On the flip side, Colorado State University researchers found a marked drop in fat oxidation when a carbohydrate-rich mixed meal was consumed immediately after exercise .
A Canadian team also found that replacing the calories burned during exercise with a post-exercise milk shake limits the normal rise in fat metabolism that occurs after a workout .
However, all four of these studies have limited practical application, and here’s why.
If you really wanted to establish the effect of carbs after a workout on fat loss, you’d need to look at changes in body composition over a period of 2-3 months. Measuring fat metabolism during a narrow window of time immediately after exercise gives you a very limited picture about what’s going on.
To lose fat, all you need is an energy deficit. As long as a post-workout meal/shake doesn’t reduce or eliminate that deficit, it’s not going to slow your rate of fat loss.
In summary, there’s nothing wrong with taking in carbs after a workout.
It’s not going to stop you losing fat.
But nor will it make a great deal of difference to the speed at which you gain muscle, and is not as vital as was once believed.
SEE ALSO: THE FLAT BELLY CHEAT SHEET
If you want less flab and more muscle when you look down at your abs (or where they should be), check out The Flat Belly Cheat Sheet.
It's a “cut the waffle and just tell me what to do” PDF that tells you exactly how to get rid of belly fat. To get a copy of the cheat sheet sent to you, please click or tap here to enter your email address.
ABOUT THE AUTHORChristian Finn is the nation’s leading authority on science-based, joint-friendly ways to build muscle. A former "trainer to the trainers," he holds a masters degree in exercise science, and has been featured in or contributed to major media on two continents, including the BBC and Sunday Times in the U.K. and Men’s Health and Men’s Fitness in the U.S.
1. Parkin JA, Carey MF, Martin IK, Stojanovska L, Febbraio MA. (1997). Muscle glycogen storage following prolonged exercise: effect of timing of ingestion of high glycemic index food. Medicine and Science in Sports and Exercise, 29, 220–224
2. Wojcik, J.R., Walber-Rankin, J., Smith, L.L., & Gwazdauskas, F.C. (2001). Comparison of carbohydrate and milk-based beverages on muscle damage and glycogen following exercise. International Journal of Sports Nutrition and Exercise Metabolism, 11, 406-419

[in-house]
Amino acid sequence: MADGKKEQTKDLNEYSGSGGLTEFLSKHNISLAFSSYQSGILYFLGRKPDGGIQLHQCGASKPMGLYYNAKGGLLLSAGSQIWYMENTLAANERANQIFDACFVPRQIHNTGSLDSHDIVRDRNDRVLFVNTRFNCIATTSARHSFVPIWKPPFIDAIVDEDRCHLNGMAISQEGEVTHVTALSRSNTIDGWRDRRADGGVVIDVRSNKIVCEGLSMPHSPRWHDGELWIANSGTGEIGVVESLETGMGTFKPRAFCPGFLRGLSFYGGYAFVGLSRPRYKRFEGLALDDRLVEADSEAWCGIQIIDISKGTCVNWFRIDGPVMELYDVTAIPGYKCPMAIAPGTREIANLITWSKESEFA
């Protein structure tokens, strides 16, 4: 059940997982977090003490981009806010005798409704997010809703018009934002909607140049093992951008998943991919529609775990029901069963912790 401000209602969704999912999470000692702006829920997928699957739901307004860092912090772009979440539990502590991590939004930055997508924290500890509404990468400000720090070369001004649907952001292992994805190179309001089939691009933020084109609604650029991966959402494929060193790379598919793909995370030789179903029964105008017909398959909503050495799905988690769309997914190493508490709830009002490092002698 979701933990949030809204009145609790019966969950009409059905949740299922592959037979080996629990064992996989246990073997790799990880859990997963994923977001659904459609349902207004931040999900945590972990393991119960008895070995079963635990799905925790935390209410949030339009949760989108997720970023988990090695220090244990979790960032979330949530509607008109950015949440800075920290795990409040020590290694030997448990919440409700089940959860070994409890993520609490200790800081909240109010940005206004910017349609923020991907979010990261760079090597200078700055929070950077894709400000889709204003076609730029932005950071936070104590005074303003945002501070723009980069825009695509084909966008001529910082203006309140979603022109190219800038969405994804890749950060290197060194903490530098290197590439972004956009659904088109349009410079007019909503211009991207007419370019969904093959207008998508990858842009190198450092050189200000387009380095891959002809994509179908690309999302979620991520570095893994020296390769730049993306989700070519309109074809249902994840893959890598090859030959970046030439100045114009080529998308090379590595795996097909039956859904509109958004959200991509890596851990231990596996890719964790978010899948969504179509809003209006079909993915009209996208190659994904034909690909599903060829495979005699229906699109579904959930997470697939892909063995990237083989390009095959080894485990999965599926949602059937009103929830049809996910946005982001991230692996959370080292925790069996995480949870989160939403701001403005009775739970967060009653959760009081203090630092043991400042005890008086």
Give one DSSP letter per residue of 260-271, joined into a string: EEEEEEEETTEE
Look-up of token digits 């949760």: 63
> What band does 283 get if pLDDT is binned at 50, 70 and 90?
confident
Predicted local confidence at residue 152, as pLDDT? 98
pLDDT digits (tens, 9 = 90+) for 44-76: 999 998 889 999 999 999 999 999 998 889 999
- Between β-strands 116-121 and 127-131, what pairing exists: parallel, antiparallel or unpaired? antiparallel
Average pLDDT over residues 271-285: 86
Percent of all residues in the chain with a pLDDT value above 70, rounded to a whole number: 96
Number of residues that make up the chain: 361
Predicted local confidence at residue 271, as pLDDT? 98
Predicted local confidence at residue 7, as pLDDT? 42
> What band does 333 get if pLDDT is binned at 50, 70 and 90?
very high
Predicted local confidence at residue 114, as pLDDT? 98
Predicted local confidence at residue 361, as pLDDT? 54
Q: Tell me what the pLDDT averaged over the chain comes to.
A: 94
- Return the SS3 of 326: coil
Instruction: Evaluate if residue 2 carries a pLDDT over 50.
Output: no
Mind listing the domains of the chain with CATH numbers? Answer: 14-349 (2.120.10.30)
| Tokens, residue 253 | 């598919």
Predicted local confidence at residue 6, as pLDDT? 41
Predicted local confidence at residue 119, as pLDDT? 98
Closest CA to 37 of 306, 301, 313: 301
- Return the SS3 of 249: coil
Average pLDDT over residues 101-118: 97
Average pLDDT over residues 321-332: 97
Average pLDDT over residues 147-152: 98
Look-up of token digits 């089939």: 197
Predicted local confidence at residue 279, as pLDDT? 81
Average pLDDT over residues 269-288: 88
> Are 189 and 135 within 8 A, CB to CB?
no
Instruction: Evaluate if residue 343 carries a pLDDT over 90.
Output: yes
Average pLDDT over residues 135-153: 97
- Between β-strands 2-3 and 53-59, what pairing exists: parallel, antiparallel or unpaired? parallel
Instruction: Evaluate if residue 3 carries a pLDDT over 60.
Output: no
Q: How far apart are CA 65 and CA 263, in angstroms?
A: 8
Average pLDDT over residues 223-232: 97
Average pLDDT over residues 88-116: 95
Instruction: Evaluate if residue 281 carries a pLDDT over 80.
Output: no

3. Staples AW, Burd NA, West DW, Currie KD, Atherton PJ, Moore DR, Rennie MJ, Macdonald MJ, Baker SK, Phillips SM. (2011). Carbohydrate does not augment exercise-induced protein accretion versus protein alone. Medicine and Science in Sports and Exercise, 43, 1154-1161
4. Figueiredo VC, Cameron-Smith D. (2013). Is carbohydrate needed to further stimulate muscle protein synthesis/hypertrophy following resistance exercise? Journal of the International Society of Sports Nutrition, 10, 42
5. Aragon AA, Schoenfeld BJ. (2013). Nutrient timing revisited: is there a post-exercise anabolic window? Journal of the International Society of Sports Nutrition, 10, 5
6. Jentjens R, Jeukendrup A. (2003). Determinants of post-exercise glycogen synthesis during short-term recovery. Sports Medicine, 33, 117-144
7. Bosher, K.J., Potteiger, J.A., Gennings, C., Luebbers, P.E., Shannon, K.A., & Shannon, R.M. (2004). Effects of different macronutrient consumption following a resistance-training session on fat and carbohydrate metabolism. Journal of Strength and Conditioning Research, 18, 212-219
8. Folch, N., Peronnet, F., Massicotte, D., Duclos, M., Lavoie, C., & Hillaire-Marcel, C. (2001). Metabolic response to small and large 13C-labelled pasta meals following rest or exercise in man. British Journal of Nutrition, 85, 671-680
9. Long W 3rd, Wells K, Englert V, Schmidt S, Hickey MS, Melby CL. (2008). Does prior acute exercise affect postexercise substrate oxidation in response to a high carbohydrate meal? Nutrition and Metabolism, 5, 2
10. Dionne, I., Van Vugt, S., & Tremblay, A. (1999). Postexercise macronutrient oxidation: a factor dependent on postexercise macronutrient intake. American Journal of Clinical Nutrition, 69, 927-930
11. Nilsson M, Holst JJ, Björck IM. (2007). Metabolic effects of amino acid mixtures and whey protein in healthy subjects: studies using glucose-equivalent drinks. American Journal of Clinical Nutrition, 85, 996-1004
12. Borsheim, E., Cree, M.G., Tipton, K.D., Elliott, T.A., Aarsland, A., & Wolfe, R.R. (2004). Effect of carbohydrate intake on net muscle protein synthesis during recovery from resistance exercise. Journal of Applied Physiology, 96, 674-678
13. Salehi A, Gunnerud U, Muhammed SJ, Ostman E, Holst JJ, Björck I, Rorsman P. (2012). The insulinogenic effect of whey protein is partially mediated by a direct effect of amino acids and GIP on β-cells. Nutrition & Metabolism, 9, 48
14. Hulmi JJ, Laakso M, Mero AA, Häkkinen K, Ahtiainen JP, Peltonen H. (2015). The effects of whey protein with or without carbohydrates on resistance training adaptations. Journal of the International Society of Sports Nutrition, 12, 48